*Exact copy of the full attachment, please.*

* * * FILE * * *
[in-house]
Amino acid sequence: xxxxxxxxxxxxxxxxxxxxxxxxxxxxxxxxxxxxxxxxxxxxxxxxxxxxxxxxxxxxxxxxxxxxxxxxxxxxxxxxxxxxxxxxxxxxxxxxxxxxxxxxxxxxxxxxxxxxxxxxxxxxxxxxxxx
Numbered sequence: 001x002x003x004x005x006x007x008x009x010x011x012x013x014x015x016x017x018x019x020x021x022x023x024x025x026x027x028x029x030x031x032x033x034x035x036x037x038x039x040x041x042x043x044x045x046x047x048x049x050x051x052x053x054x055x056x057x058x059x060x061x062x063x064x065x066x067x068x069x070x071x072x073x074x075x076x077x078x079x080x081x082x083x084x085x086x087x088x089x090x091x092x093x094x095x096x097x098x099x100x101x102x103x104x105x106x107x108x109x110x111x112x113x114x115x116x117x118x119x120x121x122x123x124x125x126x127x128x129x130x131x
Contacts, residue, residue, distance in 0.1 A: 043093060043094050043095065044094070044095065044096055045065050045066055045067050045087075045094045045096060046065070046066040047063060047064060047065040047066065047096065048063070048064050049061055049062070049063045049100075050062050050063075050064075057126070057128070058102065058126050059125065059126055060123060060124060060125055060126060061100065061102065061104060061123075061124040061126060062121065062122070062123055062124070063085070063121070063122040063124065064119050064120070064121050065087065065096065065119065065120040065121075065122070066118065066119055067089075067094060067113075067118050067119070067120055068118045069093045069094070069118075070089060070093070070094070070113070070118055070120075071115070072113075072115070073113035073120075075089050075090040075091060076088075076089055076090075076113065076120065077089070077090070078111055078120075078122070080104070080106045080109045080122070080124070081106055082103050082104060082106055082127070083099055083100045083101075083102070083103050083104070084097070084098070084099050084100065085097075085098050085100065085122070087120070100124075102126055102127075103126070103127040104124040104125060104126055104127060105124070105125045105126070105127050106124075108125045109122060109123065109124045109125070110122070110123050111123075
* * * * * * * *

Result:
[in-house]
Amino acid sequence: xxxxxxxxxxxxxxxxxxxxxxxxxxxxxxxxxxxxxxxxxxxxxxxxxxxxxxxxxxxxxxxxxxxxxxxxxxxxxxxxxxxxxxxxxxxxxxxxxxxxxxxxxxxxxxxxxxxxxxxxxxxxxxxxxxx
Numbered sequence: 001x002x003x004x005x006x007x008x009x010x011x012x013x014x015x016x017x018x019x020x021x022x023x024x025x026x027x028x029x030x031x032x033x034x035x036x037x038x039x040x041x042x043x044x045x046x047x048x049x050x051x052x053x054x055x056x057x058x059x060x061x062x063x064x065x066x067x068x069x070x071x072x073x074x075x076x077x078x079x080x081x082x083x084x085x086x087x088x089x090x091x092x093x094x095x096x097x098x099x100x101x102x103x104x105x106x107x108x109x110x111x112x113x114x115x116x117x118x119x120x121x122x123x124x125x126x127x128x129x130x131x
Contacts, residue, residue, distance in 0.1 A: 043093060043094050043095065044094070044095065044096055045065050045066055045067050045087075045094045045096060046065070046066040047063060047064060047065040047066065047096065048063070048064050049061055049062070049063045049100075050062050050063075050064075057126070057128070058102065058126050059125065059126055060123060060124060060125055060126060061100065061102065061104060061123075061124040061126060062121065062122070062123055062124070063085070063121070063122040063124065064119050064120070064121050065087065065096065065119065065120040065121075065122070066118065066119055067089075067094060067113075067118050067119070067120055068118045069093045069094070069118075070089060070093070070094070070113070070118055070120075071115070072113075072115070073113035073120075075089050075090040075091060076088075076089055076090075076113065076120065077089070077090070078111055078120075078122070080104070080106045080109045080122070080124070081106055082103050082104060082106055082127070083099055083100045083101075083102070083103050083104070084097070084098070084099050084100065085097075085098050085100065085122070087120070100124075102126055102127075103126070103127040104124040104125060104126055104127060105124070105125045105126070105127050106124075108125045109122060109123065109124045109125070110122070110123050111123075